Year of the Monkey
OK, it officially starts on Monday, February 8, but that’s “Draw-a-Bird-Day” (and I know everyone is busy preparing their bird art!) So I thought I’d celebrate Chinese New Year a bit early. The above collage is a combination of a bunch of King of the Monkey masks I found online.
My original collage was done from a photo of a wooden monkey mask I had in my files. I didn’t make any notes as to it’s origin, but I liked its goofy face. When I finished though, I thought the New Year needed something a bit more celebratory, which is why I did the more colorful one above as well.
The Year of the Monkey is the 9th of the 12-year cycle. It’s a year when “anything can happen”, and a year when you are supposed to be as daring and inventive as Monkey people are. They are the tricksters of Chinese astrology.
I also managed to make it back for one more look at the Rubin Museum’s mask exhibit, and they had quite a few monkey masks from various cultures. The pencil drawing above is a festival mask from Bhutan.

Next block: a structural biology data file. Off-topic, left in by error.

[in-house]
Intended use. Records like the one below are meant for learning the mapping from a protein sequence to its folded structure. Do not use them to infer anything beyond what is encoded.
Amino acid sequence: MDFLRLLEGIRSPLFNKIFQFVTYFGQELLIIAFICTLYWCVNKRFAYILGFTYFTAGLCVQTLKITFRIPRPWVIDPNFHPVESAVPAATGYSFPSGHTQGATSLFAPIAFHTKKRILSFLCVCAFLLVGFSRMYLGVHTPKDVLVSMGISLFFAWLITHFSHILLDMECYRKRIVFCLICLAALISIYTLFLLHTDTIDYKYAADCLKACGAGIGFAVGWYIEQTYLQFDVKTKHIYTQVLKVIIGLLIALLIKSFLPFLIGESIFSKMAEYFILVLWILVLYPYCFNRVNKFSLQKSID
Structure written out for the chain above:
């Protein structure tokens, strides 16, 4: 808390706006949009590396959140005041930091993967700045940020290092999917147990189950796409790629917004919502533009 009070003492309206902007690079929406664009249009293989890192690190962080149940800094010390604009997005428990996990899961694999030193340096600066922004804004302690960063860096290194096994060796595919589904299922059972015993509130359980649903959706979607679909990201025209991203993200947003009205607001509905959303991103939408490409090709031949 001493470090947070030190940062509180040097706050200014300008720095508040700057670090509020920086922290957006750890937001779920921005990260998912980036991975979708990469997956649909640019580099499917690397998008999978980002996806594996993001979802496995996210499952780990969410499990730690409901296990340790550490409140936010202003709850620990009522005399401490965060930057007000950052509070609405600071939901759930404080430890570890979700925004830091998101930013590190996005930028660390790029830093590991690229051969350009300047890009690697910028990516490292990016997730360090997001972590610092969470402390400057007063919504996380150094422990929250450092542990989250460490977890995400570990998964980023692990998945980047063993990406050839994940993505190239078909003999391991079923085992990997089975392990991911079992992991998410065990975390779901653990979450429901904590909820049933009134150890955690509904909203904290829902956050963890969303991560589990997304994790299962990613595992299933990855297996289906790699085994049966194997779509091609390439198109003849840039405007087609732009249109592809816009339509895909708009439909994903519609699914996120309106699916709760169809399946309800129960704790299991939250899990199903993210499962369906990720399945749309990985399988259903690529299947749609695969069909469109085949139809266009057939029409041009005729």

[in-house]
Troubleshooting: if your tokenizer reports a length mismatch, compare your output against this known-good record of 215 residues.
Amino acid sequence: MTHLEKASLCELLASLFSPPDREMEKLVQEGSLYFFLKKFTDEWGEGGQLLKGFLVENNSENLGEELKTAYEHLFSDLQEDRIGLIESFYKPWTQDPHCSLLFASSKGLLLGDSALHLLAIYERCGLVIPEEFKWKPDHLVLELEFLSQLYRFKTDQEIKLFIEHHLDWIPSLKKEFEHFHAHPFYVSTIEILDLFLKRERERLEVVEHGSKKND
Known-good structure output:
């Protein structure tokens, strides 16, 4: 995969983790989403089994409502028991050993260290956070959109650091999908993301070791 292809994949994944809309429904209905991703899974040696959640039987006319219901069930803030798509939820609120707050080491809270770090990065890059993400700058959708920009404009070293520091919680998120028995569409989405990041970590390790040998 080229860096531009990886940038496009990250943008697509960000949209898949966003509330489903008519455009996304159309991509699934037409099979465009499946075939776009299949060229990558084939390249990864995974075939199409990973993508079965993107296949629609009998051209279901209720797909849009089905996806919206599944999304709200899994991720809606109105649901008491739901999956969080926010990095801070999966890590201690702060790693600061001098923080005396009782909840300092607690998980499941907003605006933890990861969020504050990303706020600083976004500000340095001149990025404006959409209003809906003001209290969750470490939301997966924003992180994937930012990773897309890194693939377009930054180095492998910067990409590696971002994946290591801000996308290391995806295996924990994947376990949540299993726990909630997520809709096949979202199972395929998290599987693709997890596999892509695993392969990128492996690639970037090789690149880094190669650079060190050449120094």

I switched to ink both because it was dark in the exhibit, and because I didn’t want to stand too long in front of each mask as the passage was narrow and there were other people wanting to see each mask. Above, on the left, a wooden mask from Nepal, and on the right, from India, Valin the Black Monkey, a helper of Rama.
From Japan, on the left, a solemn monkey, and from the Northwest Coast, on the right, one that looked fierce but friendly. Evidently Native American sailors occasionally brought monkeys back from their travels.
Happy Year of the Monkey!
(and don’t forget your birds for Monday)